This content is excerpted from EyeNet’s MIPS 2023: A Primer and Reference; also see the Academy’s MIPS hub page.
Understand two related terms—eligible clinicians and MIPS eligible clinicians. Under the Quality Payment Program, which includes an advanced alternative payment model (APM) pathway and a MIPS pathway, certain clinicians are classified as eligible clinicians, and a subset of those—those classified as MIPS eligible clinicians—take part in MIPS. If you are an eligible clinician, CMS will count you when it is determining practice size (see “Small or Large Practice?”) regardless of whether or not you are a MIPS eligible clinician.
Who are the eligible clinicians? You are considered an eligible clinician if 1) you have a unique TIN/NPI combination (Tax Identification Number/National Provider Identifier) and 2) you fall within one of these clinician types:
- physician assistants,
- nurse practitioners,
- clinical nurse specialists,
- certified registered nurse anesthetists,
- clinical psychologists,
- physical therapists,
- occupational therapists,
- qualified speech-language pathologists,
- qualified audiologists,
- registered dieticians or nutrition professionals,
- certified nurse midwives, and
- clinical social workers.
Who are the MIPS eligible clinicians? You are considered a MIPS eligible clinician if:
- you are an eligible clinician (see above) and none of the exclusions (see below) apply to you, or
- you are an eligible clinician who decides to "opt in" to MIPS even though you fall below one or two (but not all three) of the low-volume thresholds (see "Exclusion 2," below).
(Note: When the MIPS regulations use the term MIPS eligible clinician, it doesn’t just refer to individuals, it can also refer to a group that includes such an individual.)
Are you exempt from MIPS? You may be exempt from MIPS if at least one of the following three exclusions applies.
Exclusion 1—eligible clinicians who are new to Medicare. If you enroll in Medicare for the first time in 2023, and you have not previously submitted claims under Medicare, you will be exempt from the MIPS rules for the 2023 performance year.
Exclusion 2—eligible clinicians who are below the low-volume threshold. You will be exempt from MIPS if, during either of two 12-month segments (see “MIPS Determination Period”), you:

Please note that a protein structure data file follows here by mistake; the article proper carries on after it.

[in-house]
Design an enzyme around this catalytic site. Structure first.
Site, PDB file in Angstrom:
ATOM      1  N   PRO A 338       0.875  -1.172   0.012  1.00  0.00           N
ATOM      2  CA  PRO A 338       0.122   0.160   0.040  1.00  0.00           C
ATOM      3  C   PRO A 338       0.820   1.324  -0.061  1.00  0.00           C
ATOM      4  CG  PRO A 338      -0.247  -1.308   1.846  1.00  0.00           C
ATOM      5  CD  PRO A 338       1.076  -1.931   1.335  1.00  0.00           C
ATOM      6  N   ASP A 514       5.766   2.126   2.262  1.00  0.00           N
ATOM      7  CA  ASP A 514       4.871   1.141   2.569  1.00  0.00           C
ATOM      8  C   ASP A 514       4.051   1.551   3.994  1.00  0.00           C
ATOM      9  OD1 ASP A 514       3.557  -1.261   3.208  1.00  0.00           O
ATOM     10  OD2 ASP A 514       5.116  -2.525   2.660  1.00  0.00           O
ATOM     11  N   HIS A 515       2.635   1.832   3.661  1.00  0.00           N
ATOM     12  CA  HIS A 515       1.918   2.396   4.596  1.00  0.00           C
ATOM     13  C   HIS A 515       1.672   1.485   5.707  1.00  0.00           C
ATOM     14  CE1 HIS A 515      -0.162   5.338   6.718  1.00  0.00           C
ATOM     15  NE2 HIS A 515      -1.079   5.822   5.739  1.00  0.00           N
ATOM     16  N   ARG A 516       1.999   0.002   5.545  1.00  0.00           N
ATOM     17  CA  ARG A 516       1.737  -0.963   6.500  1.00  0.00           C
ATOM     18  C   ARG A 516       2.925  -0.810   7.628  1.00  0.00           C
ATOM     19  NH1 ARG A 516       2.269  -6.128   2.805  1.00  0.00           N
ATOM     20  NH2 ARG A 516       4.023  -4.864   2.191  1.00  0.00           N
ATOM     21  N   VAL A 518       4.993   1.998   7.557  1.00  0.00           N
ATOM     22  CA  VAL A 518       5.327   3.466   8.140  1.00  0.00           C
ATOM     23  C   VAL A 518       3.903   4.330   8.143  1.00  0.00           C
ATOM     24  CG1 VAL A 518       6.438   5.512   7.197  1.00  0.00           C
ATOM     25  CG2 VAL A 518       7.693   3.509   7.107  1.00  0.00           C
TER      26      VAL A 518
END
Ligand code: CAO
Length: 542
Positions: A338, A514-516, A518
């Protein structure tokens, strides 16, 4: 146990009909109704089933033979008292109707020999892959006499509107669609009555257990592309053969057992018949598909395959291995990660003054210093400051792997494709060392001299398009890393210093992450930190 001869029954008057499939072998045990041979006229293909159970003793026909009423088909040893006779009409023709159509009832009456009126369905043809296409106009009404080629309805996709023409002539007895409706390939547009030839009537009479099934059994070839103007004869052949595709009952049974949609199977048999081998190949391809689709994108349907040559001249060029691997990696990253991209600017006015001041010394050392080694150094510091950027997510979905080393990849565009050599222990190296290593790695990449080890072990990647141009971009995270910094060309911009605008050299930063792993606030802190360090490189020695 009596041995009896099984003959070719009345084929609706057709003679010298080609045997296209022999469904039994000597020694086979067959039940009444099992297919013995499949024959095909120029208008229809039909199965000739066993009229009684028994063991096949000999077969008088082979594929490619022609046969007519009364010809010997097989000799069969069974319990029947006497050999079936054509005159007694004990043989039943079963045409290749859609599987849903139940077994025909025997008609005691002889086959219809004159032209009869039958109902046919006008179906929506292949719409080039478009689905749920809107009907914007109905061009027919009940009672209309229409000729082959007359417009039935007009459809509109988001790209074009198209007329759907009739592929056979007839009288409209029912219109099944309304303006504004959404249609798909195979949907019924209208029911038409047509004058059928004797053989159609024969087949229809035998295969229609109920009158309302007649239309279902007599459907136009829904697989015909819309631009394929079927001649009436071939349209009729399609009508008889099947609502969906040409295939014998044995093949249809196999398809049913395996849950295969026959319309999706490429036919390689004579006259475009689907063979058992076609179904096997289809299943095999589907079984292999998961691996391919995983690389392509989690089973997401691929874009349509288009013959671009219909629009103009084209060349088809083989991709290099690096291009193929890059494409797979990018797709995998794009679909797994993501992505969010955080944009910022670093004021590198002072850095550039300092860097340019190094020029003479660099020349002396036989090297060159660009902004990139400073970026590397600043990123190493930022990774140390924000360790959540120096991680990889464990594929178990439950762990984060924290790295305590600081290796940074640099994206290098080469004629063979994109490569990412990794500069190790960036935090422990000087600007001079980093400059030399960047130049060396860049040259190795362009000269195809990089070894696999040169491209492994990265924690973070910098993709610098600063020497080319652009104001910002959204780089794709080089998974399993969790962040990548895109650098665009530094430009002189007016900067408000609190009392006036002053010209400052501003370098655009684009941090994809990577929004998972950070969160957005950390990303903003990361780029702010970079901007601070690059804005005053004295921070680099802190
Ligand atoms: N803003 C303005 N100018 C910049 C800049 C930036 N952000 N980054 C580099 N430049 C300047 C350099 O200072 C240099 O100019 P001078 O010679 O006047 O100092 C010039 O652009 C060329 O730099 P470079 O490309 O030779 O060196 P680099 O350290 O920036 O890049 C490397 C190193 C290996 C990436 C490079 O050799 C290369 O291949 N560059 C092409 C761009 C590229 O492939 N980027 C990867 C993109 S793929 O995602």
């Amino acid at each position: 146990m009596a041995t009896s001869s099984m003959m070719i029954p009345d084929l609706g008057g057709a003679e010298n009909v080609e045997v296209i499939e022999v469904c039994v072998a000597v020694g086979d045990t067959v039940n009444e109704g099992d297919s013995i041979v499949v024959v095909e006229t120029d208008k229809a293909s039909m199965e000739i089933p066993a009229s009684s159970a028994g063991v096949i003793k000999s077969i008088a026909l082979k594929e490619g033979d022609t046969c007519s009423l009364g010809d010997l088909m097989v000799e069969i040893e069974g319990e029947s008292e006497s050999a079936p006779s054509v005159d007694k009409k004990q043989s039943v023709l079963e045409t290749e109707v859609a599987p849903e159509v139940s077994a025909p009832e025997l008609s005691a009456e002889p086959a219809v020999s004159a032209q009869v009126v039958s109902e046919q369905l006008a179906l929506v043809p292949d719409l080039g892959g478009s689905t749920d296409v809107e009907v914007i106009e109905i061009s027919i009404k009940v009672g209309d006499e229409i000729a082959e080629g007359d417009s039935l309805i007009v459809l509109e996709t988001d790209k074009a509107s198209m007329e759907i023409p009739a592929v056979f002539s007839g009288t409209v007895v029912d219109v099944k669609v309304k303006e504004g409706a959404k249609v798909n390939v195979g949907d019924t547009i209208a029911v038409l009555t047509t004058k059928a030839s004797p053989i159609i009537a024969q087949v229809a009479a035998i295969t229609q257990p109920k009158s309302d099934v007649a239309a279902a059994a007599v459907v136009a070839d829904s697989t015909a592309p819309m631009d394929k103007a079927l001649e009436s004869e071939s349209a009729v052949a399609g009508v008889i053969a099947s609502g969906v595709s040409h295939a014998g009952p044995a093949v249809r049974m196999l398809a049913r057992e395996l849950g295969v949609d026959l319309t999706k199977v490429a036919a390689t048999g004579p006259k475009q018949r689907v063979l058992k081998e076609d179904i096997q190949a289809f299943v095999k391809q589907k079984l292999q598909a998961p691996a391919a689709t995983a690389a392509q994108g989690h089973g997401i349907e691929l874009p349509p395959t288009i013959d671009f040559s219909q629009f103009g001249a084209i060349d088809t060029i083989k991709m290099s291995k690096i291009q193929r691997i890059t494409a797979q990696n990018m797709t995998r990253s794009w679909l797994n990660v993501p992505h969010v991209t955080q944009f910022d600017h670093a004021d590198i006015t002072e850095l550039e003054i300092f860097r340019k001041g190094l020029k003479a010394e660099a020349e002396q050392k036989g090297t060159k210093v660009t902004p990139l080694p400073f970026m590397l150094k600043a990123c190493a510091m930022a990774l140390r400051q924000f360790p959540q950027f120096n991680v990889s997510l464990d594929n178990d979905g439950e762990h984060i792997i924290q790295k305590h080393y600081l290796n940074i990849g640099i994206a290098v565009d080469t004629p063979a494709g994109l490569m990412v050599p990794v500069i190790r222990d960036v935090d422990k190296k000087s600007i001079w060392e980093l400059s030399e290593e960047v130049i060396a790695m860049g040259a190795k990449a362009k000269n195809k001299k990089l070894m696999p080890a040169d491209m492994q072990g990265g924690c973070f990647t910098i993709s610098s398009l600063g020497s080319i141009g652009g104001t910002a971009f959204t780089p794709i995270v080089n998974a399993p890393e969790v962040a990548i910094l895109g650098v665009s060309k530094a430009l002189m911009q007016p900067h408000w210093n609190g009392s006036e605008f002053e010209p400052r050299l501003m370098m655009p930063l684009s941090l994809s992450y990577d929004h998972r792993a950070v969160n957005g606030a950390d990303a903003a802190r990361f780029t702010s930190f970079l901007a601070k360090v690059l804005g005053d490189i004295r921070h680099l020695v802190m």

- have allowed charges for covered Medicare Part B professional services of $90,000 or less; or
- provide covered professional services to no more than 200 Medicare Part B beneficiaries; or
- provide 200 or fewer covered professional services to Part B beneficiaries. (Note: If you see one beneficiary one time, that counts as one service; if you see a second patient five times, that would count as another five services.)
The difference between the second and third low-volume criteria can become significant when determining which low-volume clinicians can opt-in to MIPS.
Two chances to meet the requirements of the low-volume exclusions. The fact that the MIPS determination period is comprised of two time segments means that you have two chances to qualify for a low-volume exclusion: If you fall below the low-volume threshold for one time segment, you will be eligible for an exclusion—even if you exceed the threshold in the other time segment. Note: Low-volume clinicians can opt in to MIPS.
Low-volume threshold determinations are made at the individual level and at the group level. A MIPS eligible clinician could fall below the low-volume threshold at the individual-reporting level but would not be exempt from MIPS if reporting as part of a group that exceeds that threshold at the group level.
Exclusion 3—eligible clinicians who are qualifying participants (QPs) in advanced APMs. If you are participating in an advanced APM, you may be exempt from the MIPS rule if you satisfy the APM track’s thresholds.
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